Try our beta test site
IMPORTANT: Listing of a study on this site does not reflect endorsement by the National Institutes of Health. Talk with a trusted healthcare professional before volunteering for a study. Read more...

Epidemiology of Airway Responsiveness

This study has been completed.
Information provided by:
National Heart, Lung, and Blood Institute (NHLBI) Identifier:
First received: May 25, 2000
Last updated: March 15, 2016
Last verified: August 2004
To prospectively identify factors that influence the rate of decline in pulmonary function and to identify predictors of chronic obstructive lung disease (COLD) and asthma in a population sample of older adults.

Lung Diseases, Obstructive
Chronic Obstructive Pulmonary Disease

Study Type: Observational

Further study details as provided by National Heart, Lung, and Blood Institute (NHLBI):

Study Start Date: January 1985
Study Completion Date: March 2002
Detailed Description:


Cigarette smoking is recognized as the most important factor in the development of chronic airflow obstruction, yet only a minority of cigarette smokers develop clinical disease. In 1985, interest focused on the role of increased levels of airways responsiveness and atopy as possible potentiating factors for the development of chronic airflow obstruction. Then current epidemiologic studies had data on only one of these potential risk factors or were too small to adequately address the issues involved. The present study assesses both airways responsiveness and atopy.


The study used the population and data base of the Veterans Administration Normative Aging Study (NAS) which began in 1963. The NAS population consists of over 1,900 men originally selected for good health and their wives. The NAS currently administers a cigarette smoking history questionnaire, the NHLBI-ATS respiratory symptom and illness questionnaire, and spirometry at regularly scheduled examinations three years apart. The current study assessed airways responsiveness as measured by response to methacholine inhalation and atopy as measured by skin test, blood eosinophilia, and serum IgE in NAS participants when they returned for their next two examinations. The data were used to examine the relationship of airways responsiveness, atopy, and cigarette smoking to respiratory symptoms both cross-sectionally and longitudinally.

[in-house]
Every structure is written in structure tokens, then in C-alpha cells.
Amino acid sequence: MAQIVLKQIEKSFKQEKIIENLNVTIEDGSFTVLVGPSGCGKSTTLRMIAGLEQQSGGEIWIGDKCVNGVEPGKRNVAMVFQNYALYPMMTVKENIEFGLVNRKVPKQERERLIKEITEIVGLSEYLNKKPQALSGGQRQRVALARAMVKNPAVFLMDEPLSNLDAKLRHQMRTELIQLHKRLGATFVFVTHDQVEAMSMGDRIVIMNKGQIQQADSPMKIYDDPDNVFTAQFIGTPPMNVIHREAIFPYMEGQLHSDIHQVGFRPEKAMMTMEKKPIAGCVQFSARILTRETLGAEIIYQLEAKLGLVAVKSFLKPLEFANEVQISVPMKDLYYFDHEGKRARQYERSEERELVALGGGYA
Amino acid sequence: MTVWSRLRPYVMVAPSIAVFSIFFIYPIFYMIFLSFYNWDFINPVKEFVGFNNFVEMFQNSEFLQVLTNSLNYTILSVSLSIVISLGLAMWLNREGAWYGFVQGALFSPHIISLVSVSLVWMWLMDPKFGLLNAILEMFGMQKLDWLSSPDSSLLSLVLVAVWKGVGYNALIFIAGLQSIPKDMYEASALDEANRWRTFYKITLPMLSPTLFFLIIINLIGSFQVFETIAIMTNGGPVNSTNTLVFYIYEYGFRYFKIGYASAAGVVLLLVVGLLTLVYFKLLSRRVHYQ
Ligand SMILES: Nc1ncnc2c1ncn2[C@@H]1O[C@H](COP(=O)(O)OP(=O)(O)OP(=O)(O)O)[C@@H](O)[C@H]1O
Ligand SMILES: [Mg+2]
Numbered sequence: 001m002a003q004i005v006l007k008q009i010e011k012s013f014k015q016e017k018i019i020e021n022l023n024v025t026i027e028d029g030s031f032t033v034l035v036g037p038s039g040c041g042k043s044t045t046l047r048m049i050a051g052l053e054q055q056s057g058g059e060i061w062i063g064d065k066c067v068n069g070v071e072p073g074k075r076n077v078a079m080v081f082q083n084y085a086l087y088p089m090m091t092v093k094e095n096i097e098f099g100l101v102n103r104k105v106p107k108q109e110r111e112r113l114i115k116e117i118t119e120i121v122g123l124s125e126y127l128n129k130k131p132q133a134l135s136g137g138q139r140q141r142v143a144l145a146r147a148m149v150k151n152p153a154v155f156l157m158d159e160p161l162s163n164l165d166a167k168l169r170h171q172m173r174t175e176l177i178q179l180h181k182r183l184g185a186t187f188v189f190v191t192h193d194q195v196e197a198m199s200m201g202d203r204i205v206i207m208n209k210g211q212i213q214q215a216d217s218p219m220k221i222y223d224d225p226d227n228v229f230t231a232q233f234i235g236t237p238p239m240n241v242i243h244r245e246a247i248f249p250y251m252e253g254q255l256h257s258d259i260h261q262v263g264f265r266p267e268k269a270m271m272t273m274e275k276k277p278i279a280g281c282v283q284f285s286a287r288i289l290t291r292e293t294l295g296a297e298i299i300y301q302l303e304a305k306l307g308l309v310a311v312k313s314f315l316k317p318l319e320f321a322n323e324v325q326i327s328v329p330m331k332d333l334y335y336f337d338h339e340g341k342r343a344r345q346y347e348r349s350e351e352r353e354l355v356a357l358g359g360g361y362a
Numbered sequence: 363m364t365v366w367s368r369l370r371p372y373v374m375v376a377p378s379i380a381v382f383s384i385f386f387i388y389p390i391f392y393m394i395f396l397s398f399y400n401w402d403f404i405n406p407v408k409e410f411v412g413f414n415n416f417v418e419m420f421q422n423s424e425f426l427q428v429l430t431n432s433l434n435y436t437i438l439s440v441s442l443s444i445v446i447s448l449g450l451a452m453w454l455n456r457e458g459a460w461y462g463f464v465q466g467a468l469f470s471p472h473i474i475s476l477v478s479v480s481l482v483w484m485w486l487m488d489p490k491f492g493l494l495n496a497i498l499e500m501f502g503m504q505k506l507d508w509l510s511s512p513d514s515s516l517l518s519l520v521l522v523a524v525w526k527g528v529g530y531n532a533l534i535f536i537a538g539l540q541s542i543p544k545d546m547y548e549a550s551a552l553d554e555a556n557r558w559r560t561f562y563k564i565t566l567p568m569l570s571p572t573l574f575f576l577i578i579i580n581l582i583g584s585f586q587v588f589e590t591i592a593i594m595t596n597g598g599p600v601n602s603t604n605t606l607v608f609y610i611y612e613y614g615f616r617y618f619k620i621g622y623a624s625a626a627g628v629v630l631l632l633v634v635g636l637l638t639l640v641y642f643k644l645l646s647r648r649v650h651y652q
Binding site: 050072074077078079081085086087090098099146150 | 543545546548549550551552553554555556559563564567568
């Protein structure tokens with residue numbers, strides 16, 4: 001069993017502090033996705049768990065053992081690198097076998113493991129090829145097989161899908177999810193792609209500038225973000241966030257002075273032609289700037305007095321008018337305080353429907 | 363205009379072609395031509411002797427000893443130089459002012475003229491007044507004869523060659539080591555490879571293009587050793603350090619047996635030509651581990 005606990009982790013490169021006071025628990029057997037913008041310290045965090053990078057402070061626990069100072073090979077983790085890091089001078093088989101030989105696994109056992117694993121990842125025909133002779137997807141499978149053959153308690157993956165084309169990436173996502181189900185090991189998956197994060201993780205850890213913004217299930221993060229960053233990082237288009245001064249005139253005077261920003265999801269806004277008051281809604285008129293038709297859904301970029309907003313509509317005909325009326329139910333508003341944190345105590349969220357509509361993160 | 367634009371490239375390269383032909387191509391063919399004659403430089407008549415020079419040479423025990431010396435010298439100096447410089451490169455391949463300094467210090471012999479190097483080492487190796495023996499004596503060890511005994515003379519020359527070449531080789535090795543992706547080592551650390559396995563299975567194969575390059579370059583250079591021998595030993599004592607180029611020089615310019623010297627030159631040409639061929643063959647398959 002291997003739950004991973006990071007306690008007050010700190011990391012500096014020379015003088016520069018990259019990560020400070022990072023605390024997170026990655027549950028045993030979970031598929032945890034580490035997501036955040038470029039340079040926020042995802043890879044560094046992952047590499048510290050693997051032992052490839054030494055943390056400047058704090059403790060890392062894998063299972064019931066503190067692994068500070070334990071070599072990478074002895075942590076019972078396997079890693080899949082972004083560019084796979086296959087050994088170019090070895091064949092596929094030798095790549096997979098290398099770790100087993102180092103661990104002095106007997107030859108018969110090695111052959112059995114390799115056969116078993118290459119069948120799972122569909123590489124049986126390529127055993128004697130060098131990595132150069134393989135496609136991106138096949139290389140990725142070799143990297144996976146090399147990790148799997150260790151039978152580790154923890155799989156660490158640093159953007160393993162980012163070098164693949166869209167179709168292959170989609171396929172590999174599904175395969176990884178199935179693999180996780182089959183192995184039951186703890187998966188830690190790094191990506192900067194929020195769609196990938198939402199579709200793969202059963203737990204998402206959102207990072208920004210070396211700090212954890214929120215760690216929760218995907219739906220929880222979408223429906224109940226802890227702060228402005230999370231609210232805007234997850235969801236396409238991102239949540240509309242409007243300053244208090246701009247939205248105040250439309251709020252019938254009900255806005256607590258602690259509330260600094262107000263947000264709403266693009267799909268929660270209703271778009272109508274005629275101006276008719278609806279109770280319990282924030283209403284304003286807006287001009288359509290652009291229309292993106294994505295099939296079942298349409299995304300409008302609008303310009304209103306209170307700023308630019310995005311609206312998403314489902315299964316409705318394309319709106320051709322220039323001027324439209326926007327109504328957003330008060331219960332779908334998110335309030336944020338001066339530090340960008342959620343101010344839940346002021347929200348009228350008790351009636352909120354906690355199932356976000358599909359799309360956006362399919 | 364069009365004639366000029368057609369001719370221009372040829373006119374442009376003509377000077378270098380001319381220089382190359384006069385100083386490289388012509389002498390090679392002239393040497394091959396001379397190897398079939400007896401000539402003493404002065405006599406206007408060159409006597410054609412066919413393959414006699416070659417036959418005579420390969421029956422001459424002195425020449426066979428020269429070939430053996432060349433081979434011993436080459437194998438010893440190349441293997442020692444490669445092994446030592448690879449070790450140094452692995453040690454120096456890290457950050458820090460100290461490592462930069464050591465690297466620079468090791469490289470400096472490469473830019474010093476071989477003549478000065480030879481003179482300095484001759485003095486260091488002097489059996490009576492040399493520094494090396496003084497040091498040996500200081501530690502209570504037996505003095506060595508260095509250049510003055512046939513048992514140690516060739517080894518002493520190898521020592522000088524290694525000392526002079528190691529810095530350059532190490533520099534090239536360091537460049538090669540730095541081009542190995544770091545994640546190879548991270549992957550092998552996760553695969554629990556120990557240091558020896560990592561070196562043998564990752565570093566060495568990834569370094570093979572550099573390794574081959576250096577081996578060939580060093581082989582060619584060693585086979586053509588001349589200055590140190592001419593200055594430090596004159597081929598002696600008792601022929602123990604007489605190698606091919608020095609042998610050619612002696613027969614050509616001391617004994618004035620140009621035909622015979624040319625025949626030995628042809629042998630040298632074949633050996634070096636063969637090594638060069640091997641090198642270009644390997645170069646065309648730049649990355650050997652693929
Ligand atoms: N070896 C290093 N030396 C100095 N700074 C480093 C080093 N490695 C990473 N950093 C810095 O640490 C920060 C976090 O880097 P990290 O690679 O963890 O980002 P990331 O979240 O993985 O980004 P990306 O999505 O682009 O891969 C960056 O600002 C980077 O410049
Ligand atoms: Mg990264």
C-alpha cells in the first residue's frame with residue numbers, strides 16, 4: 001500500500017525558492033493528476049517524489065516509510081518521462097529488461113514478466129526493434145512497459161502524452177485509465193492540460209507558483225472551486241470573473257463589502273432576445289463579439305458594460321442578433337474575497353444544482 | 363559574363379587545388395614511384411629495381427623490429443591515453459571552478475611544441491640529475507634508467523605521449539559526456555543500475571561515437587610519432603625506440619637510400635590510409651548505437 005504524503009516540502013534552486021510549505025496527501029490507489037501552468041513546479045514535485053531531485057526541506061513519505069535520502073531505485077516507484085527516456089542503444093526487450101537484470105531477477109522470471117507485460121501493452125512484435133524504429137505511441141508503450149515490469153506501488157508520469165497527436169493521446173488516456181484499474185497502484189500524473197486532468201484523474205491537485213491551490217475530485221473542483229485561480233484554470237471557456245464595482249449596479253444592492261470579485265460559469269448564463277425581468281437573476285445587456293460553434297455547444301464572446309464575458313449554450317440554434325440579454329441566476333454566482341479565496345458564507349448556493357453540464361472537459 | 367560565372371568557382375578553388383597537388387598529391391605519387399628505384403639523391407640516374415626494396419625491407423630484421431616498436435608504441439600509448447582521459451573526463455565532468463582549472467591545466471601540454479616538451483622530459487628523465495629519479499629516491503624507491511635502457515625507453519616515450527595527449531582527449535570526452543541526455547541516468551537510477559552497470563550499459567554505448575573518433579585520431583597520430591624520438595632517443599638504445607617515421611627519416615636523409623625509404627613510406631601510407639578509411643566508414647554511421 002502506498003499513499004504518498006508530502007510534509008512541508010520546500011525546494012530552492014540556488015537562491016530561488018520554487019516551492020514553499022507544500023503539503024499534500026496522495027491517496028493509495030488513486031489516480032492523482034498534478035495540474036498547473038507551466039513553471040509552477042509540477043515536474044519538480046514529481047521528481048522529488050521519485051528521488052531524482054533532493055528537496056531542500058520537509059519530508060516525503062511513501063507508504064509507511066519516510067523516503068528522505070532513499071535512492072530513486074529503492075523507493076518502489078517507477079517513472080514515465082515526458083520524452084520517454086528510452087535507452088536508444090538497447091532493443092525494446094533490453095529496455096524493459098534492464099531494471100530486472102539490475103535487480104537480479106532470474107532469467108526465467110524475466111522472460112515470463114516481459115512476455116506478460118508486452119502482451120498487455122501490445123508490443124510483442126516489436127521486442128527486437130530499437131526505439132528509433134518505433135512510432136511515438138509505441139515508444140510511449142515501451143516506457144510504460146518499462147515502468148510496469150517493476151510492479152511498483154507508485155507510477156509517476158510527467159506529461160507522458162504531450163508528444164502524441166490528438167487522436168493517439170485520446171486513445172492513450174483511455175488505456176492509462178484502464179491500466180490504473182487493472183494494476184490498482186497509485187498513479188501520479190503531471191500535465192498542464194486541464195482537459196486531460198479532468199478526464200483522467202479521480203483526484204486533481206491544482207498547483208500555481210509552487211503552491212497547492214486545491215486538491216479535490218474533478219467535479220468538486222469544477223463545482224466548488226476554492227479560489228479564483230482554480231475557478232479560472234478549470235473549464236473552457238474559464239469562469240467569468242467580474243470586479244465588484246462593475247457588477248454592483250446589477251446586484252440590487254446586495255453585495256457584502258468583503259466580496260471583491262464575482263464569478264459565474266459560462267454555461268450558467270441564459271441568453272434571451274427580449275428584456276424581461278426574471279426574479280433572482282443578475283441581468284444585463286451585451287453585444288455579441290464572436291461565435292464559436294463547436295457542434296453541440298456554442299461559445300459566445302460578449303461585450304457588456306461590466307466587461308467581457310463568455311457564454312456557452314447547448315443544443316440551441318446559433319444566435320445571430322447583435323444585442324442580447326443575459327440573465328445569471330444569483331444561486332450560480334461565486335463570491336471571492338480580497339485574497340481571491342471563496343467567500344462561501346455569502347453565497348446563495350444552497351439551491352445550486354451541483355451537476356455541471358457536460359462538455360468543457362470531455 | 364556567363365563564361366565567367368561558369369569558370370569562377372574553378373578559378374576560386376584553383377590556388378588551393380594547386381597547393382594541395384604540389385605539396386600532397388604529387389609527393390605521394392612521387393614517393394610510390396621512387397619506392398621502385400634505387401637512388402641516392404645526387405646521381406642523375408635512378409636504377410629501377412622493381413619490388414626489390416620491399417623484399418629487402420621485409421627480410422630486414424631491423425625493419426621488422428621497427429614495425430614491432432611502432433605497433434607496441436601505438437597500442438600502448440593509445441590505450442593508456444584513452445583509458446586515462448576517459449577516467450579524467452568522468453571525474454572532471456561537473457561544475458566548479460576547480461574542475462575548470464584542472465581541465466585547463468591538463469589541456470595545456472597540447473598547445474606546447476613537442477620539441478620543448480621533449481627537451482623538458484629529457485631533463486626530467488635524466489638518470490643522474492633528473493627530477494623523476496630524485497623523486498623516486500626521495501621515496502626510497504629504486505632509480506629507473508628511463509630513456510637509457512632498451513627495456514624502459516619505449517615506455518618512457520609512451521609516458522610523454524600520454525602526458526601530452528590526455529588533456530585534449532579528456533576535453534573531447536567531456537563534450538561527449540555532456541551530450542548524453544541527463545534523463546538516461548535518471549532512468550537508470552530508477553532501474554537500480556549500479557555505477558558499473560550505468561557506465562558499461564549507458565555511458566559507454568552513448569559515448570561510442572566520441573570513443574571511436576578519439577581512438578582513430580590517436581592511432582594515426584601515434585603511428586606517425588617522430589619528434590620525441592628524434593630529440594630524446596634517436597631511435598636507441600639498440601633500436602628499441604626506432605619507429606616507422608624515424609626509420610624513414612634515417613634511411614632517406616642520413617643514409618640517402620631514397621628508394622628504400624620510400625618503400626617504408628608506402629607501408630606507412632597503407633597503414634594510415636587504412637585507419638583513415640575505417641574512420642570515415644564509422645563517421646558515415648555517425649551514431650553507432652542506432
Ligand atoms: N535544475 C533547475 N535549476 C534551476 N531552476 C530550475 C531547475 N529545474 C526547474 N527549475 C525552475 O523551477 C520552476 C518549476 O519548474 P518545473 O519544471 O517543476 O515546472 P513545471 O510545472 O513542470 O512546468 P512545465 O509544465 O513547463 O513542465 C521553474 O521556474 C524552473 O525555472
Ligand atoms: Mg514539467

The study was renewed in 1996 to prospectively identify factors that influence the rate of decline in pulmonary function and to identify predictors of chronic obstructive lung disease (COLD) and asthma in a population sample of older adults. The investigators hypothesize that the development of accelerated decline in FEV1 and the occurrence of respiratory symptoms in older adults are determined by two environmental exposures: tobacco smoke-induced injury and IgE-mediated hypersensitivity to inhaled aeroallergens. The extent to which allergen exposure and airway responsiveness lead to fixed airflow obstruction in older adults is unknown. The primary allergens of interest include: house dust mite (Der p I, Der fI), cockroach (Bla g I, Bla g II), cat (Fel d I), and fungi. Airway hyperresponsiveness to bronchoconstricting stimuli is a physiologic characteristic that may be thought of both as a manifestation of airway disease and as an intrinsic host characteristic which predisposes to the development of airway disease and determines its clinical pattern. They are using the extensive longitudinal information on respiratory symptoms and illnesses, cigarette smoking, pulmonary function, airway responsiveness, indices of atopy (skin test, total and antigen-specific IgE), indices of inflammation (eosinophil and leukocyte counts in peripheral blood), and allergen levels in dust and air in NAS participants and their wives to address the following hypotheses: that the association of increased airway responsiveness with accelerated longitudinal decline in pulmonary function is modified by gender, smoking, level of FEV1, and skin test reactivity;. that the level of exposure to common indoor allergens affects the rate of longitudinal decline of pulmonary function; that high levels of exposure to common indoor allergens leads to longitudinal increases in airway responsiveness over time; and that settled dust levels of fungi (culturable and countable organisms) and antigens, cockroach (Bla g l, Bla g II], and cat (Fel d I) are correlated with airborne levels of these agents.

The study completion date listed in this record was obtained from the "End Date" entered in the Protocol Registration and Results System (PRS) record.


Ages Eligible for Study:   up to 100 Years   (Child, Adult, Senior)
Sexes Eligible for Study:   Male
Accepts Healthy Volunteers:   No
No eligibility criteria
  Contacts and Locations
Choosing to participate in a study is an important personal decision. Talk with your doctor and family members or friends about deciding to join a study. To learn more about this study, you or your doctor may contact the study research staff using the Contacts provided below. For general information, see Learn About Clinical Studies.

Please refer to this study by its identifier: NCT00005284

Sponsors and Collaborators
National Heart, Lung, and Blood Institute (NHLBI)
OverallOfficial: Scott Weiss Brigham and Women's Hospital
  More Information

Publications: Identifier: NCT00005284     History of Changes
Other Study ID Numbers: 2005
R01HL034645 ( US NIH Grant/Contract Award Number )
Study First Received: May 25, 2000
Last Updated: March 15, 2016

Additional relevant MeSH terms:
Lung Diseases
Lung Diseases, Obstructive
Pulmonary Disease, Chronic Obstructive
Respiratory Tract Diseases processed this record on May 25, 2017